Do you feel like you have put in your time, demonstrated your skills, improved in your job over the past few years and deserve a raise? Unfortunately, wanting a pay raise and getting one are two different things. On top of that, broaching the subject of a pay raise with your boss is not an easy conversation to have. For some, it can be overwhelming.
If you find yourself struggling with the idea of approaching your boss for a raise or are not sure how to justify getting a pay raise, then check out the following tips. They are meant to help improve your chances of getting that raise you deserve and give you the confidence to approach your boss.
Figure Out Your Worth
In order to convince your boss that you deserve a raise, you have to understand your worth in terms of pay. A great way to figure out what someone in your position, and with your experience, is worth is to scan similar job listings.
Check out what others in your job are making and start with a rough idea of what you could, or should, be making. Another source of information is LinkedIn, as you can find a basic salary range for your job.
Keep in mind that the size of the company, the location of the business, your educational background, and experience will all factor into your worth.
Another factor to consider is your replacement cost. Your replacement cost is what your employer would have to spend if you were to leave. They would need to search for someone new, invest in training, probably deal with interruptions and delays in the work, and disrupt a department in the company.
Think About Why You Deserve a Raise
In order to convince your boss that you deserve a raise, you need to believe it yourself and have facts to back it up. Stating that you deserve a raise because you have been there a long time is not convincing enough. Start by reviewing the description of your job.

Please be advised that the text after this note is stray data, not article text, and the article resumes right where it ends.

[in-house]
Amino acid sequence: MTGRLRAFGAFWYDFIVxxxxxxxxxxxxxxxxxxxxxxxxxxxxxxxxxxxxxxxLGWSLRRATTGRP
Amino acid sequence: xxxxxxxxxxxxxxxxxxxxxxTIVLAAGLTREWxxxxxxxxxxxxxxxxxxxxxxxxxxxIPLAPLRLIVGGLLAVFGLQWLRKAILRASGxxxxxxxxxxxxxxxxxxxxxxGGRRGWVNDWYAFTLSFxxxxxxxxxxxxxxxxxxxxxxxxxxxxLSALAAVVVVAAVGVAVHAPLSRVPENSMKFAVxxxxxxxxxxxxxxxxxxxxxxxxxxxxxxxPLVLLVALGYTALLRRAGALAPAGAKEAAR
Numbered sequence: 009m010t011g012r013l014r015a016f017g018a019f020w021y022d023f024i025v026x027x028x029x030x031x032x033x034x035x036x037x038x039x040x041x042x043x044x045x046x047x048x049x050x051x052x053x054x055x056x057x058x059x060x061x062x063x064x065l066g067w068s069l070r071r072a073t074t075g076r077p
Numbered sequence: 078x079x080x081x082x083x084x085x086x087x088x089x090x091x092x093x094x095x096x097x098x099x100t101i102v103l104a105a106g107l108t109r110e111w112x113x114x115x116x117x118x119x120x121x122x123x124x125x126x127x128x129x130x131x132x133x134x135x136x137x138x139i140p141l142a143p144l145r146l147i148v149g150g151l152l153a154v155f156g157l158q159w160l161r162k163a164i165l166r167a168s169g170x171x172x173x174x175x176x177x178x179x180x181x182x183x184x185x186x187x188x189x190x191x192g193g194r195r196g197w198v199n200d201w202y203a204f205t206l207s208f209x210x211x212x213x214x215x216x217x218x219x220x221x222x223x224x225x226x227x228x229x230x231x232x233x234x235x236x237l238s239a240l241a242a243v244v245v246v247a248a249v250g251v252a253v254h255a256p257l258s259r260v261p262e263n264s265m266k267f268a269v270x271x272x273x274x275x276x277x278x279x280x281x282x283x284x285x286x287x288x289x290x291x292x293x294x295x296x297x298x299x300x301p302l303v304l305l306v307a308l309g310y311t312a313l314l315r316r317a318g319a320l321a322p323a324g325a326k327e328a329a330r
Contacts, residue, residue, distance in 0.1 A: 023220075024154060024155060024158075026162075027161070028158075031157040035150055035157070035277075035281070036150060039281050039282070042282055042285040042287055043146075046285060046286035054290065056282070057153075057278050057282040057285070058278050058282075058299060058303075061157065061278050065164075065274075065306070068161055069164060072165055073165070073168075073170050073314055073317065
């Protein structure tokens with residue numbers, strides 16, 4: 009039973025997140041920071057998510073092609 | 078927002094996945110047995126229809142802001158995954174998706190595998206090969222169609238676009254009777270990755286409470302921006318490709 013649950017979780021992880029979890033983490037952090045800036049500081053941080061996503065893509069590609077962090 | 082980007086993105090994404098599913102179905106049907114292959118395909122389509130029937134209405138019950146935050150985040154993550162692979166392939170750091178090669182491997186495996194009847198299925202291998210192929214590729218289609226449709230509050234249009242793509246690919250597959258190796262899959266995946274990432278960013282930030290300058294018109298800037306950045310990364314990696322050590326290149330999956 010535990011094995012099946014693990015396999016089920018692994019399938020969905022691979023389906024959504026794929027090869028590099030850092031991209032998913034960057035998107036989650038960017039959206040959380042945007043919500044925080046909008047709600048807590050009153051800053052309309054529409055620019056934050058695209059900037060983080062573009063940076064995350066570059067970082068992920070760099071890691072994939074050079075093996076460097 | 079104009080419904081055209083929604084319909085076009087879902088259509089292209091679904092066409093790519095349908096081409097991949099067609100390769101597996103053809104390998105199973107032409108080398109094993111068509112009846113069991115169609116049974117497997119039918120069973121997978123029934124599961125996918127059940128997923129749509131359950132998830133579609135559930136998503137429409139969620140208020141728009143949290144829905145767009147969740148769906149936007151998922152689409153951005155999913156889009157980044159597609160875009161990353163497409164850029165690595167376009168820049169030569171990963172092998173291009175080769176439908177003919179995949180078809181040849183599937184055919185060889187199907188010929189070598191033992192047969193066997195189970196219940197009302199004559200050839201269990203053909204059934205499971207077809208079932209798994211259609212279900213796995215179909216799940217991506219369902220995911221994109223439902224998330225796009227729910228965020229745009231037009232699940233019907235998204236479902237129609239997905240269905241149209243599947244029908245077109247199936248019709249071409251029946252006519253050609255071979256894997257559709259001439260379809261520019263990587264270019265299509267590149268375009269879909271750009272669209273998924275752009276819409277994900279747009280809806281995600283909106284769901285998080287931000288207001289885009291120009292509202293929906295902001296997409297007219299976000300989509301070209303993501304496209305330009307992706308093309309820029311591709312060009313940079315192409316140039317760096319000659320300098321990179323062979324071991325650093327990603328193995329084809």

Next, honestly assess how you are doing in each area of your job description:
- Have you excelled in all areas?
- Are you surpassing what you were hired to do?
- How much money have you likely brought into the company?
- How many clients do you have?
- How do you help the business to operate in a smooth manner?
These are the kind of facts that an employer wants to see before they agree to a raise.
While you are answering these questions, it is a good idea to jot everything down. This will ensure you do not forget any of the important details during your pitch for a raise.
Brush up on Your Negotiation Skills
While it is certainly possible to walk into your pay review and get exactly what you asked for without any difficulty, more often than not there will be some sort of negotiation process involved. Be willing to be flexible and give a little. Massive pay raises are not likely, but if you go in with a realistic number, then you have a much higher chance of succeeding.
While you are in negotiation, make sure you are confident, positive, clear, and concise with your arguments. You do not want to take a combative approach, so remain professional at all times.
Make Sure the Timing Is Right
Sometimes it can come down to timing. You may be deserving of a raise, and it may be clear to everyone, including your boss, but if the company is in the middle of downsizing and pulling in poor profits, this is not a good time to ask for a raise. While there is never going to be a perfect time, some occasions are better than others.
When it does look like the time is right, ask to schedule a meeting with your boss rather than just barging into their office to discuss things. Let your employer know you would like a pay review so they have time to prepare for their end.
Work Hard at All Times
The main reason employees are rewarded with a pay raise is because they work hard. So, if you want to get noticed, this is the best way to do it. Make sure you are showing up on time, getting your work done without complaints, are a team player, and you are willing to go that extra mile to ensure your work is excellent.
A Pay Raise Is Within Reach
By using these tips, you can improve your chances of getting the pay raise that you desire. Prepare yourself with information, boost your confidence with self-evaluation, and continue to work hard to meet or exceed your job description.